You would think being overweight wouldn’t be so hard with this obesity epidemic raging on. The Center For Disease Control estimates that 36.5 percent of adults in the US have obesity and that 70.7 percent of adults are either obese or overweight. But the truth of the matter is that being overweight is an entirely lonely experience. Rarely do friends and family members realize the extent of pain that’s endured on any given day.
I have been ashamed of my body since I was 9 years old. So I’m a 30-year veteran of this self-loathing that has gone unchecked during this last decade of my child-bearing and child-rearing era. I’ve never been thin, but as I’ve fluctuated between being “normal” on the BMI and “obese,” it has been nothing short of life-altering. Everyone has their weaknesses and battles, but it’s immensely more laborious when you’re overweight because your biggest failure is laid up in front of everyone to witness the second you’re in sight. As with anything else, being overweight is a highly individualized experience, and I’m sharing my own version of it with an attempt to cultivate compassion and mercy from within.
Fat for me is going to parties and not meeting any new people because rarely does a stranger want to strike up a conversation with someone who is wobbling on the cusp of obesity. Fat is watching people Snapchat and Instagram pictures with one another but never with you. Fat is the skinny girl telling you to wear bright red lipstick and you agreeably nodding along because how do you tell a size-two person that all you’re trying to do is divert attention from yourself and disappear? Fat is also cringing visibly when a picture of you is taken because you don’t want to be the person that’s captured in the image, the girl who is obviously trying so hard to hide her offending body behind others. Fat is spending 90 minutes getting ready to go somewhere and never getting complimented, no matter how hard you try. Fat is also staring at yourself in the mirror of a store’s dressing room, teary-eyed and crushed because in this room you are always 9 years old and struggling to fit in. Fat is trying not to grimace when a petite friend casually mentions she’s getting huge, as you try not to stare at your own thighs in silent comparison.
Fat is binding all your insecurities and feelings of self-worth into how your body looks and never wanting to leave the house or be seen again.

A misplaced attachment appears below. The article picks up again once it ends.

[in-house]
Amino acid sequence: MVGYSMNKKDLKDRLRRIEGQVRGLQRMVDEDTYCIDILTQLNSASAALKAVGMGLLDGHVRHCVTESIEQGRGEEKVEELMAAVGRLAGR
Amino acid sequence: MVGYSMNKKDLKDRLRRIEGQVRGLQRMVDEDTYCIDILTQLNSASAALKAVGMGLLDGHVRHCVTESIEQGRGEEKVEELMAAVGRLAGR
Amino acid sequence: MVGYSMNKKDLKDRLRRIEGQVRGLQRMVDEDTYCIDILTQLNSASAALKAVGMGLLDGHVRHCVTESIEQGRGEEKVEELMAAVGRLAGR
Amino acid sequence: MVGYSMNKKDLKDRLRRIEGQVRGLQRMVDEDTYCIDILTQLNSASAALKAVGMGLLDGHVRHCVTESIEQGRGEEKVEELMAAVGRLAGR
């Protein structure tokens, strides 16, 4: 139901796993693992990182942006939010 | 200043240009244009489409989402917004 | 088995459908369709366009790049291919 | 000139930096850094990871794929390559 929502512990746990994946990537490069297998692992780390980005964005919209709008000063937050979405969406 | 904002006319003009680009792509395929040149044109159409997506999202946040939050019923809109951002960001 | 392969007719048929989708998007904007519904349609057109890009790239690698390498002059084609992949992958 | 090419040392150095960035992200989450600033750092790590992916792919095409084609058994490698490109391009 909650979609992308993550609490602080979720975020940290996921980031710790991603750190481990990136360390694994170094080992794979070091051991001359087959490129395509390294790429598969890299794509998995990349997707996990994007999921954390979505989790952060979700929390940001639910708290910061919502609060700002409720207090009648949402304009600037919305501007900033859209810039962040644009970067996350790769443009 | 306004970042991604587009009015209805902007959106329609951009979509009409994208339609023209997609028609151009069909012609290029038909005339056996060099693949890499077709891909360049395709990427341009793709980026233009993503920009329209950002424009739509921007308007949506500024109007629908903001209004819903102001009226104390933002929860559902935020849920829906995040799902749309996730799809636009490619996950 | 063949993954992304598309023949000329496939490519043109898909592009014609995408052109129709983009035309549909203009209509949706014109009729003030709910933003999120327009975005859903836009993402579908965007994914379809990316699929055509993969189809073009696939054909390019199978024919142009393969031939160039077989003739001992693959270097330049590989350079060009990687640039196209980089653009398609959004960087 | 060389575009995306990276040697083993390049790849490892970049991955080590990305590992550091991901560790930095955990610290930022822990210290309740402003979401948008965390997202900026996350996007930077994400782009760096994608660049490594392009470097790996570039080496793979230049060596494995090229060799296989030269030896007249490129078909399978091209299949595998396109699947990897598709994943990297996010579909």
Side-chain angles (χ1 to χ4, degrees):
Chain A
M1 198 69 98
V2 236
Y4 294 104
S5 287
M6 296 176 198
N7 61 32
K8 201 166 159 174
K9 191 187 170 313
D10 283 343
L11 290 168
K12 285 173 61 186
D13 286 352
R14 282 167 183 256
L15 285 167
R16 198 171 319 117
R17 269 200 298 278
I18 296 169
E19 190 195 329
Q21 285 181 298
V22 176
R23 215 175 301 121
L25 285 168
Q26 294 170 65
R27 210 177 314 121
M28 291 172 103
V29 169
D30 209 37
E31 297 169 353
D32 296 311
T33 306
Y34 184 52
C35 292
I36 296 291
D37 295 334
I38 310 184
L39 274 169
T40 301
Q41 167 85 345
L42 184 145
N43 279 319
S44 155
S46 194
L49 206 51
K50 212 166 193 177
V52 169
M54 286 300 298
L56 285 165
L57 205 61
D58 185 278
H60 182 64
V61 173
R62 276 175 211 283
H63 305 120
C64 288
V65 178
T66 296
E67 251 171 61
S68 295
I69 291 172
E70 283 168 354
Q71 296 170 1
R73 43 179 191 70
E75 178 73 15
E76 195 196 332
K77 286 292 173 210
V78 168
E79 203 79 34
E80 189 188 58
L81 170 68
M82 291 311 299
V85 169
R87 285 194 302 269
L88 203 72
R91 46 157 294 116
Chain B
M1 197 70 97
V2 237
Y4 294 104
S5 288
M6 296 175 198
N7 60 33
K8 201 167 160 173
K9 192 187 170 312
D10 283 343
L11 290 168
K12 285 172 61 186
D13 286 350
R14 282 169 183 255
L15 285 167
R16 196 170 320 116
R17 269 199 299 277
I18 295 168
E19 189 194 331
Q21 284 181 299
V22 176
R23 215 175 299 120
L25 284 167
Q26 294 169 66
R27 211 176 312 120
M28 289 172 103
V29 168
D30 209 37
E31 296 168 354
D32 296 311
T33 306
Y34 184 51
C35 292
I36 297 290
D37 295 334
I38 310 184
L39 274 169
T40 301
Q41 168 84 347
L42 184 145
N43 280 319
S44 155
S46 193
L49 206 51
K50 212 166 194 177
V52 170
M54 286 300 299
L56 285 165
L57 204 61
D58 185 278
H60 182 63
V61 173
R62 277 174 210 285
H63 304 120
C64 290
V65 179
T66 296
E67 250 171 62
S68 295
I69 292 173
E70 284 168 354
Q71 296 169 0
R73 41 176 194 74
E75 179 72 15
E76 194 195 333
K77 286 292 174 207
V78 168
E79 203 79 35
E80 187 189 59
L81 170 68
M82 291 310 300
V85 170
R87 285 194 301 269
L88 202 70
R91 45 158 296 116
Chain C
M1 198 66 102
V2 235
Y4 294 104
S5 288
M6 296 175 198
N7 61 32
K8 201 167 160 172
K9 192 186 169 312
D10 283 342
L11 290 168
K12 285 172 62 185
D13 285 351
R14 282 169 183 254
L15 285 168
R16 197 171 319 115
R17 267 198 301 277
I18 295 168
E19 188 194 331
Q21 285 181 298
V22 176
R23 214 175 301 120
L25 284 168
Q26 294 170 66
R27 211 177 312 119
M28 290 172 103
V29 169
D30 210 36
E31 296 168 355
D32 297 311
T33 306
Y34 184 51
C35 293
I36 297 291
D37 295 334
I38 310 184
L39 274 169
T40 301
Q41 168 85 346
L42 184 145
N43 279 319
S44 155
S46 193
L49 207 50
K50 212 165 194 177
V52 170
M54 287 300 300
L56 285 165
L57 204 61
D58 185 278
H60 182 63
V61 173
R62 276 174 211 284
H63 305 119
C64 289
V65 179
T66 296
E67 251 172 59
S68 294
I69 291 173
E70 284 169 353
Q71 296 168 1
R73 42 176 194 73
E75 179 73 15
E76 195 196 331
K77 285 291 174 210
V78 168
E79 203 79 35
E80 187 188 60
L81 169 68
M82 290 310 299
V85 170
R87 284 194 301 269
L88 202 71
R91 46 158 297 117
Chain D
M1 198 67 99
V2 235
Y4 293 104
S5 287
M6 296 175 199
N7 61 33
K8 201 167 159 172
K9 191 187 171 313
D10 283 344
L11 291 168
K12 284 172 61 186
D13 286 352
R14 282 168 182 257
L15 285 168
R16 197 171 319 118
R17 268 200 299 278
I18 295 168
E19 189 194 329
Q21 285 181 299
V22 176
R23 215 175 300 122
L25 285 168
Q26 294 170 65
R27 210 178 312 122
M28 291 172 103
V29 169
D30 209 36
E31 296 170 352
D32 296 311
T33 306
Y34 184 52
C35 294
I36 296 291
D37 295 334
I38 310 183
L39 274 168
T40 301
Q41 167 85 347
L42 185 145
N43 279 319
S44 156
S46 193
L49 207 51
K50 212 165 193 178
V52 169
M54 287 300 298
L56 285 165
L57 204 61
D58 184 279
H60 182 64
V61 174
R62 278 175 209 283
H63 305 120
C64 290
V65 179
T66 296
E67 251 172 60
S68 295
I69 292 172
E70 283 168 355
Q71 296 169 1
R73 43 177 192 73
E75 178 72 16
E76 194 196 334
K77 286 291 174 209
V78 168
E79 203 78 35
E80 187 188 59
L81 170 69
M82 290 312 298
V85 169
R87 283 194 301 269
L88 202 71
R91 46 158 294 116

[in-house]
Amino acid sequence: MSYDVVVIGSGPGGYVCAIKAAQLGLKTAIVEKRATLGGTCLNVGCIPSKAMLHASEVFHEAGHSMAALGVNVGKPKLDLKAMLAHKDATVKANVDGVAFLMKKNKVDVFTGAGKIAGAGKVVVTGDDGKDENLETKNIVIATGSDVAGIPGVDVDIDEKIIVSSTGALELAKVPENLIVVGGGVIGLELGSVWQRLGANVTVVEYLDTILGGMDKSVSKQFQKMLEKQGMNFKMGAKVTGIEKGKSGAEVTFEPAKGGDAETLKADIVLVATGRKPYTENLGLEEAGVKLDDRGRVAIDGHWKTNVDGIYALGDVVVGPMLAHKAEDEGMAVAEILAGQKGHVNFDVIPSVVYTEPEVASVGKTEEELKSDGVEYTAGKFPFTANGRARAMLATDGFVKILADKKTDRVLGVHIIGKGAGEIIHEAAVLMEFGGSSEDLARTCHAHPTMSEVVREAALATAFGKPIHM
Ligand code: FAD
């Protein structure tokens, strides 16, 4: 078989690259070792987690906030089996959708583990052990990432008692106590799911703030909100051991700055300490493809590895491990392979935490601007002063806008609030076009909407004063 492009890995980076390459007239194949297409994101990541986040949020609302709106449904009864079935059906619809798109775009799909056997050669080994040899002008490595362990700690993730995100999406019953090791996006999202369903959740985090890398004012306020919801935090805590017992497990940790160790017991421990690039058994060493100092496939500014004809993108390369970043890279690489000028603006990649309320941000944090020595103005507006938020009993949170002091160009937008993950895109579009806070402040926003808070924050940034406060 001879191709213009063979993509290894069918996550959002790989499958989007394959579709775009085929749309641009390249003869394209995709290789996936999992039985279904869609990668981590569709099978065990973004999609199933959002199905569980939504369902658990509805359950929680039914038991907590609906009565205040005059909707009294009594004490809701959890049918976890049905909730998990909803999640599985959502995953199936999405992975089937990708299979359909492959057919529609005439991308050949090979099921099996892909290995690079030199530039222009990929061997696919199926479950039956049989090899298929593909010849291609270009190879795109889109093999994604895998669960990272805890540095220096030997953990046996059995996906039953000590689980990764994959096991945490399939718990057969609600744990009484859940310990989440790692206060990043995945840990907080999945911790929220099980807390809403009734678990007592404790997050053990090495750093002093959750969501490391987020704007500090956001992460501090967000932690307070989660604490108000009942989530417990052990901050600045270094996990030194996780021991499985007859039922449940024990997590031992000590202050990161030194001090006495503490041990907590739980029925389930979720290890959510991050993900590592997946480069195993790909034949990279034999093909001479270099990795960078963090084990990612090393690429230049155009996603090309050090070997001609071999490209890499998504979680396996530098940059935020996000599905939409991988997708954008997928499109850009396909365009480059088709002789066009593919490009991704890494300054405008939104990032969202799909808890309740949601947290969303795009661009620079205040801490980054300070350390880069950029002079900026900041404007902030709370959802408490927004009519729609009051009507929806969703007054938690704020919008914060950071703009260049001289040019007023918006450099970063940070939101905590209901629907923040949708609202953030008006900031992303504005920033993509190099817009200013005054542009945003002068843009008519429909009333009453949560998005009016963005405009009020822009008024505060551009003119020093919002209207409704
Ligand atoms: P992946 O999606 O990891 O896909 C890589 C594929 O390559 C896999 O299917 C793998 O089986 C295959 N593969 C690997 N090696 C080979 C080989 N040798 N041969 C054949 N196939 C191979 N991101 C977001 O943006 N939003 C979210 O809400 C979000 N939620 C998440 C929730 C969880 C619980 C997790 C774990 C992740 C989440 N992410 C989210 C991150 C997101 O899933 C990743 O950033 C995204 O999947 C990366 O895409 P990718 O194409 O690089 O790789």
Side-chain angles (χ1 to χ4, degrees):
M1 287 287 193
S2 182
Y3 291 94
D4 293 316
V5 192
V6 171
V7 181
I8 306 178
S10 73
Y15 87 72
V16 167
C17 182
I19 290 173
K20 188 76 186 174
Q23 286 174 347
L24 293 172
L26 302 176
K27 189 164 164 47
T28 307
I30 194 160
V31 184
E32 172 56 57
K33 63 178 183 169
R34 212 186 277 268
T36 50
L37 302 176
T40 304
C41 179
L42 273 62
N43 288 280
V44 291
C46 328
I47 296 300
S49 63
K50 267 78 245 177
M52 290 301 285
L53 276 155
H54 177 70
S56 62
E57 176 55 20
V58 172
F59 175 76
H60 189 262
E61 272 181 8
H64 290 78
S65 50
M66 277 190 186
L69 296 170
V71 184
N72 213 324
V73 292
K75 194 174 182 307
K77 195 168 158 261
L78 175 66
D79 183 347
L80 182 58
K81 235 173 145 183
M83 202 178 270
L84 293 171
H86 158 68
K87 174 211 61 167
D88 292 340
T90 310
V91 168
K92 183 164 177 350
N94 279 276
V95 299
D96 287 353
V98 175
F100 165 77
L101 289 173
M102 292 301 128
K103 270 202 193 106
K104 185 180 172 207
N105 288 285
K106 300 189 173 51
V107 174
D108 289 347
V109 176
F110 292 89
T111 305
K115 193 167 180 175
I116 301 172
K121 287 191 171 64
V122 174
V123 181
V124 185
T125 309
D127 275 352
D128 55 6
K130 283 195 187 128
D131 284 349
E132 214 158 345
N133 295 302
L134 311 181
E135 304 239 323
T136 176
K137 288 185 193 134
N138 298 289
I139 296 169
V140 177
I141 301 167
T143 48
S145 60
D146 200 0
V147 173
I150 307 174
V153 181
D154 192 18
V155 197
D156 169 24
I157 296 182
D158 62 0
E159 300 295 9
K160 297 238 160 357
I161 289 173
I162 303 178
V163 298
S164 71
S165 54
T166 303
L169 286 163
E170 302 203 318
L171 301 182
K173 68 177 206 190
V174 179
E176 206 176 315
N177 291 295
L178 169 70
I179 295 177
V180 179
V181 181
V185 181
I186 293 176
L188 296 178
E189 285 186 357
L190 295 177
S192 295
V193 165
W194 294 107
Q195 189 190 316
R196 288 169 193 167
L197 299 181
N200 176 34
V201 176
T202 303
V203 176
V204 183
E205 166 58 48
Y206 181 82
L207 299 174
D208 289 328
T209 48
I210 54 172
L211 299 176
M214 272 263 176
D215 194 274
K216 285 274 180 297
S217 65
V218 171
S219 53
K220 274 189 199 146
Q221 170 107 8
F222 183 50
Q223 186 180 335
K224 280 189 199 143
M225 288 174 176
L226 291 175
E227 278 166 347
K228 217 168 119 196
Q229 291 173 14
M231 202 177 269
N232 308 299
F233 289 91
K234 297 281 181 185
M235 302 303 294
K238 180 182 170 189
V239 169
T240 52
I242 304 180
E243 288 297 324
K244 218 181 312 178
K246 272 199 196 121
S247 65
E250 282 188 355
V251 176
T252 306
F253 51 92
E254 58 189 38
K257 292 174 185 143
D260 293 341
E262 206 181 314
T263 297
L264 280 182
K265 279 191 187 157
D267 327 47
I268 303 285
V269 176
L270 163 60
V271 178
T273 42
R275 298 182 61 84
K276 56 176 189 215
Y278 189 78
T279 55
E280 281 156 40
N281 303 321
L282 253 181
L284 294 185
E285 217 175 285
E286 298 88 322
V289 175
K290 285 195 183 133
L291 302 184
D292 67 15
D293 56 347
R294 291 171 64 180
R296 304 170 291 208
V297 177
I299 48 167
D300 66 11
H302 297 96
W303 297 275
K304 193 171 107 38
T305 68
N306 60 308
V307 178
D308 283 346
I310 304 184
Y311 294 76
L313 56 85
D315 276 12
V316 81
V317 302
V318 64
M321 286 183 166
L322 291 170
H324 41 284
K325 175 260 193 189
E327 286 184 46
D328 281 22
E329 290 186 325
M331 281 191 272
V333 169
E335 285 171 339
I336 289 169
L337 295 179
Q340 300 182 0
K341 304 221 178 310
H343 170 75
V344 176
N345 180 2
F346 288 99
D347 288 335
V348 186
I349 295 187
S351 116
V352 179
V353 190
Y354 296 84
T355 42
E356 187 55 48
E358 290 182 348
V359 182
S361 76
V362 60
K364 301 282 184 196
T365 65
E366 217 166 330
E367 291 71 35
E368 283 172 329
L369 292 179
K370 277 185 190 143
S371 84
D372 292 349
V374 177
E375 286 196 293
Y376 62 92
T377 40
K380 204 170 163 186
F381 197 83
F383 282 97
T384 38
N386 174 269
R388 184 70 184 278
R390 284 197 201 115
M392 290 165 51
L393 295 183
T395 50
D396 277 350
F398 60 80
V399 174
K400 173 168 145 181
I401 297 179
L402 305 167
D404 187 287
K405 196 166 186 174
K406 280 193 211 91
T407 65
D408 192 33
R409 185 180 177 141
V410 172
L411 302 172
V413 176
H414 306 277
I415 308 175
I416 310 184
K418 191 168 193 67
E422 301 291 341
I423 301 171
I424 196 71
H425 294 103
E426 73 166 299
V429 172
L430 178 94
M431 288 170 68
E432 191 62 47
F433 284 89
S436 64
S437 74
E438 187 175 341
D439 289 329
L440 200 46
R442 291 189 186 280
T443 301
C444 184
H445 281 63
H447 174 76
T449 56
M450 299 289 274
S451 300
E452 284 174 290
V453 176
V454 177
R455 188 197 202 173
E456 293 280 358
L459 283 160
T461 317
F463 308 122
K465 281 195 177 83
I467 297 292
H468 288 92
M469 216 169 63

Fat is binding all your insecurities and feelings of self-worth into how your body looks and never wanting to leave the house or be seen again. Fat is the cashier at the grocery store who won’t make eye contact with you but was super chatty with the customer before. Fat is trying so hard to be easy and likable because you’re terrified of being “found out” by people who are kind enough not to see your weight. None of these things have to be related to your weight, but in my reality, they are. Everything is.
Body shaming is an interesting thing because no one can make you feel ashamed if you have expunged the feeling from within yourself. But so often I find the crux of most women’s shame comes from their body image, so I know I’m not battling anything extraordinary. And yet it’s an extraordinary feeling when you get washed away in a surge of shame, and there is no escaping the belief that everything in life should be blamed on your weight. That is the control that I have given away. That is the shame that I have cultivated for myself.
So though there are many things daily that can continue to foster this shame, I have to go back toward compassion and mercy. These are generous gifts that I give away so easily but am deficient in providing for myself. I work to govern these thoughts and feelings, allowing mercy for my strengths and compassion for my weaknesses. The shame diminishes a bit more each day as I nurture gratitude for my incredibly capable body that deserves all the kindness in the world.